Dr. John C. Maxwell defines leadership as influence. We know that influence can be either positive or negative. We don’t have to look too far back in history to find leaders that had tremendous and terrible influence that led awful human rights atrocities and genocide. We can also find examples of leaders with positive influence who have made a difference in the world and for all the good reasons.
Influence is a good definition of leadership, after all without influence can you truly lead others? But influence alone is not enough and certainly doesn’t guarantee positive leadership or positive outcomes for those being led.
There are several attributes that leaders should have or should cultivate, but one attribute that is foundational and separates the mediocre from the excellent, is that of character.
Character creates an environment of trust, where the leader can be trusted and also trusts. James M. Kouzes and Barry Z. Posner state, “Sowing seeds of trust creates the fields of collaboration necessary to get extraordinary things done in organizations.” This extends beyond organizations to our communities and our families.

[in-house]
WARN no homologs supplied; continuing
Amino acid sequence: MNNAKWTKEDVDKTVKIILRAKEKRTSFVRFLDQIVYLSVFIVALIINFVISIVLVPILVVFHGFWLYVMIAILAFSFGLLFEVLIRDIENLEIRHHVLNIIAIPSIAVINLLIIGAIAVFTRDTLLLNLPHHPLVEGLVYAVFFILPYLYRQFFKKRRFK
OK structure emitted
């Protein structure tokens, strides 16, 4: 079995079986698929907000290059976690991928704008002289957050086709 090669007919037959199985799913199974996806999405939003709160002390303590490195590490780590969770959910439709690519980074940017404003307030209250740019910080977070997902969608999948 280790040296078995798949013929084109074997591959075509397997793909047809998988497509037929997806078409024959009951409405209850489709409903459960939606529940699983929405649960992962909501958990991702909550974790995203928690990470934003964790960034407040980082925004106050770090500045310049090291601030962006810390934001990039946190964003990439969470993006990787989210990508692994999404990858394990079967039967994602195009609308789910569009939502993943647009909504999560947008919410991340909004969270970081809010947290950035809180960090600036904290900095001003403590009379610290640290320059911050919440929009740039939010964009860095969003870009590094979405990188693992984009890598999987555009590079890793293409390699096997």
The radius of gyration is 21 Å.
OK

Author Tim Irwin suggests there are four dimensions to character: authenticity, self-management, humility and courage. When we think of the great leaders, whether in history or in more recent times, many of them have led with great character and we can see in them these four dimensions of leadership.
But do we see these four dimensions of character in the leadership of our organizations and in our communities? Do we see them in ourselves? What are we doing to cultivate character in our leaders and in the leaders of tomorrow? Have we shifted character to the “nice-to-have” column?
If we want to see change, or if we want to be part of the change, should we not consider a reinvestment into the building of character and insist that our leaders demonstrate not only influence but also character?